What is Extruded Aluminum?
Extrusion, whether aluminum or other, is the process of transforming the material into a cross-sectional bar by forcing it through a die. While there are several steps to the process, it is quite simple. First, a manufacturer or designer must create a die to produce the extruded bar’s final outer dimension.
The completed die is inserted into an extrusion press, and the aluminum billet of the desired alloy is heated to the required temperature, causing the aluminum to become malleable. The aluminum is then forced through the die by the press, resulting in a consistently shaped lineal length of aluminum coming out the other side.
After cooling, the extruded piece is stress relieved and cut to the desired length. The aluminum can now be heat treated and undergo other post-production operations. Because the process takes place at a high temperature, up to 75% of aluminum’s melting point, less pressure is required to force the metal through the die. This means that it is more rapid than cold forming processes.
What Is Cold-Finished Aluminum?
Extrusion is typically performed at high temperatures because the aluminum is easier to form, whereas cold finishing is performed at room temperature. Cold finishing results in extremely close outer diameter tolerances. Drawing is the most common type of cold finishing.
A die is also used in the production of aluminum bars to reduce the material diameter. The smaller diameter end of the bar is placed through the draw die, and grippers are used to pull the bar through. While drawing can be done at higher temperatures, it is usually done at room temperature.
What is the Difference between Extruded and Cold Finished Aluminum?
The primary advantage of standard aluminum extrusions is that it is much easier to work with aluminum at higher temperatures. This translates to faster production speeds, which is why an extruded bar is typically less expensive than the cold finished product. Shorter lead times to market result from faster production.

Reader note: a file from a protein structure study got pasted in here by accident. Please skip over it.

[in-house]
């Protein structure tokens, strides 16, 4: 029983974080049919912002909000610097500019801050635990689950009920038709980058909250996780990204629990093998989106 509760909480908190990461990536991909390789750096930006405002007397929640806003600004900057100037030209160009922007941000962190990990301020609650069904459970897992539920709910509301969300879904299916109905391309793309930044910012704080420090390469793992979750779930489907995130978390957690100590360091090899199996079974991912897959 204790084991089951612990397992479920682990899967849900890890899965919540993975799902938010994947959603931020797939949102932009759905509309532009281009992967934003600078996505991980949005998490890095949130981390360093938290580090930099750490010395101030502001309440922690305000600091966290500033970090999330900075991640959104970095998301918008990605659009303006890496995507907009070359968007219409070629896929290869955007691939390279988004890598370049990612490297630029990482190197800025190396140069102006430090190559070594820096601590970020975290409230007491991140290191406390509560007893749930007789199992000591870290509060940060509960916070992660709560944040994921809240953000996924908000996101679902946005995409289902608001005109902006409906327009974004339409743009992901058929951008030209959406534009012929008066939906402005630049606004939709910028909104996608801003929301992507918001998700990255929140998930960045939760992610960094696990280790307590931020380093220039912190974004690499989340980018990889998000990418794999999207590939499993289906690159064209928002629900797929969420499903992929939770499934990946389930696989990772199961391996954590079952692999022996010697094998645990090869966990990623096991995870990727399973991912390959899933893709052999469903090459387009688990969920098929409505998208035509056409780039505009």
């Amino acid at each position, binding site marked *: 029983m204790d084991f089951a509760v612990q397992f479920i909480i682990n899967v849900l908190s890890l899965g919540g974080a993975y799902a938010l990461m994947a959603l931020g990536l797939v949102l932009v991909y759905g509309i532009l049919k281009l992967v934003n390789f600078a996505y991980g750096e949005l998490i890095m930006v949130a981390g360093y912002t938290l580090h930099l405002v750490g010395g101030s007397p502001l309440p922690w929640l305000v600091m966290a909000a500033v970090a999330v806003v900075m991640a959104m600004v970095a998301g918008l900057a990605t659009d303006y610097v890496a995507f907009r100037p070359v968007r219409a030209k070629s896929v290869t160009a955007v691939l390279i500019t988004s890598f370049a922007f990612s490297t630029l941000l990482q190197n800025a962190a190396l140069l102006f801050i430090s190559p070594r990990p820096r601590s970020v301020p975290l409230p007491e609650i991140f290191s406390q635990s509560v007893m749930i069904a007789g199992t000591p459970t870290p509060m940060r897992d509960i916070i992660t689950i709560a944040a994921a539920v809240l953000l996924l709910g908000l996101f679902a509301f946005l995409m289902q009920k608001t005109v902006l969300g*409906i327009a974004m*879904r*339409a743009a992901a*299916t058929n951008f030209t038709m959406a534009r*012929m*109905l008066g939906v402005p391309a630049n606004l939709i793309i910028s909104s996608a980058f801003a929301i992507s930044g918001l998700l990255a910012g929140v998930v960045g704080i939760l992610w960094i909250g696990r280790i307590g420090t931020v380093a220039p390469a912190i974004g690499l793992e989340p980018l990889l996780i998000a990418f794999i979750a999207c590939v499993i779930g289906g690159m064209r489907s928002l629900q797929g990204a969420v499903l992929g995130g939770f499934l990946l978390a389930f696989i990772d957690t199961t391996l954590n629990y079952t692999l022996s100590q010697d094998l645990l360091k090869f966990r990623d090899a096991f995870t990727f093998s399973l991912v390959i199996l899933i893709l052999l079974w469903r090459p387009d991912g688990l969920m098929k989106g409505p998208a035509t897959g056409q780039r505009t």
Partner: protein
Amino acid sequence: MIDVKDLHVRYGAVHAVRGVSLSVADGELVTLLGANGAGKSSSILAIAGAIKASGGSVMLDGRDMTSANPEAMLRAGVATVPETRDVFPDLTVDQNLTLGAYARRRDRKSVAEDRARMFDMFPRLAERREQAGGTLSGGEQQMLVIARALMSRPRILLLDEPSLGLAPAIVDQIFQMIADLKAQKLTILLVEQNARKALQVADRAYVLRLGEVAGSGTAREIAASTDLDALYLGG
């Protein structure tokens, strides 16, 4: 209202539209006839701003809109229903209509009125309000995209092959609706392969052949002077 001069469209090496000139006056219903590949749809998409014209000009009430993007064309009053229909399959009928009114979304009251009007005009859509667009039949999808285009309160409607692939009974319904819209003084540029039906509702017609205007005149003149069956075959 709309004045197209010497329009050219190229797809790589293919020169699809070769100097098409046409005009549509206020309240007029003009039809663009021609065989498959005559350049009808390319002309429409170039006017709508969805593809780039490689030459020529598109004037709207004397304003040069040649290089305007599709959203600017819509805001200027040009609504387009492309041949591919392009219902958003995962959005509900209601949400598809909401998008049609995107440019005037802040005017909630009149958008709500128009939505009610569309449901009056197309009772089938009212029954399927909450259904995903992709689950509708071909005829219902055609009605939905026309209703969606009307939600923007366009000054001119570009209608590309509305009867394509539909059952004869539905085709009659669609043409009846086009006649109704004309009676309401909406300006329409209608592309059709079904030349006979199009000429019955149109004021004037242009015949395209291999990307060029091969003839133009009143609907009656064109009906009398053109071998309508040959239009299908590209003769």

Cold finished production produces tighter dimensional tolerances, which is advantageous when using the close-fitting collets found in today’s high-speed precision CNC machining centers. It also improves the mechanical and physical properties of the material, increasing machinability and producing smaller chips during machining that break away from the cutting tool’s work area faster.
Extruded and Cold Finished Aluminum are Used in What Applications?
While extruded aluminum is widely used in a variety of applications, it is not suitable for all. Any requirement for enhanced properties may lead to the use of the cold finished product as a raw material. Cold finished bar is frequently specified in aerospace and defense products requiring high strength, as well as a variety of automotive applications. Alloys used in cold finished applications include 2011, 2024, 6061, and 7075. Aluminum alloys commonly used in extrusions include 1100, 3003, 6061, 6063, and 6101. The most common is probably 6061, which is valued for its beneficial properties.
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